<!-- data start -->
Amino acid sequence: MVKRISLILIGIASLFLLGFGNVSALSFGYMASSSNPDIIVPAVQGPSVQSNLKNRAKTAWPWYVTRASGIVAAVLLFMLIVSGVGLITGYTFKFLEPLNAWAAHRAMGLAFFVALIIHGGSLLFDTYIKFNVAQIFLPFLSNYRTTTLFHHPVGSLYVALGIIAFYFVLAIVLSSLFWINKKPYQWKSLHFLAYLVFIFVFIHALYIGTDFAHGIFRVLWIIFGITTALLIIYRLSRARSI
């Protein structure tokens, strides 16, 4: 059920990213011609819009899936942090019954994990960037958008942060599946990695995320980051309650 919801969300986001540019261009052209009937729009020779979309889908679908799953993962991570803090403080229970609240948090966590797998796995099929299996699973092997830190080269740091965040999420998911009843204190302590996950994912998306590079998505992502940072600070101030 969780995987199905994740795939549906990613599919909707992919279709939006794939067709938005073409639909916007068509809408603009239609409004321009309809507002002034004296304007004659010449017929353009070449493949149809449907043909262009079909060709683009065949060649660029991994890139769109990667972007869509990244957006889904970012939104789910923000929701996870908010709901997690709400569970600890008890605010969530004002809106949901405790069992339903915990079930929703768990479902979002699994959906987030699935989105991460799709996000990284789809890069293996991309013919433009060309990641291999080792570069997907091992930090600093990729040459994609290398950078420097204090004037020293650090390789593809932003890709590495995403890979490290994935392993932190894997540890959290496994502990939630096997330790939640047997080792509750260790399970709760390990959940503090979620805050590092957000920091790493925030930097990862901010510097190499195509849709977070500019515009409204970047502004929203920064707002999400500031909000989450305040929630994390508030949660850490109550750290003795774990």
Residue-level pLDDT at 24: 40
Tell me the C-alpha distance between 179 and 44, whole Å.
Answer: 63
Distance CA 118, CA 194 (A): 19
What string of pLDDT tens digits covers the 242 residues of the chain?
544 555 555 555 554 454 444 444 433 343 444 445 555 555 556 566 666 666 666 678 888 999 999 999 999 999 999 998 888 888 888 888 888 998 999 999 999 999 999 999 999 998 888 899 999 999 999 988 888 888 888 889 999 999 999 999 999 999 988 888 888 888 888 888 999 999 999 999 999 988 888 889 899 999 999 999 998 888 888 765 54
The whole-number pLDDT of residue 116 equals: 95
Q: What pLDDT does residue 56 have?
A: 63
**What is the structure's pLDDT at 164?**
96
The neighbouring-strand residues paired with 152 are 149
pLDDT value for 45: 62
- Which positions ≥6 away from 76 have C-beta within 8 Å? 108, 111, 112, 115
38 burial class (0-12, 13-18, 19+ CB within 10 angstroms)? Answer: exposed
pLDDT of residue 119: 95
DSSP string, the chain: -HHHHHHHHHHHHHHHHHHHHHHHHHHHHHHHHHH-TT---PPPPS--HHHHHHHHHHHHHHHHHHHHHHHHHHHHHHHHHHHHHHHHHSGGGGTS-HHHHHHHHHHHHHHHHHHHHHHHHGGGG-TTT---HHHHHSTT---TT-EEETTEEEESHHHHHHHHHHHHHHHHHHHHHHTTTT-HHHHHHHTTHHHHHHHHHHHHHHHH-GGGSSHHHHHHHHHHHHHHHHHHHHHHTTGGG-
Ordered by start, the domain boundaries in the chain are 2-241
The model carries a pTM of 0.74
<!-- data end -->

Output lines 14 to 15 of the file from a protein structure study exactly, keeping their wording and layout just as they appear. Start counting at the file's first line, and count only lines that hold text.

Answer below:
The neighbouring-strand residues paired with 152 are 149
pLDDT value for 45: 62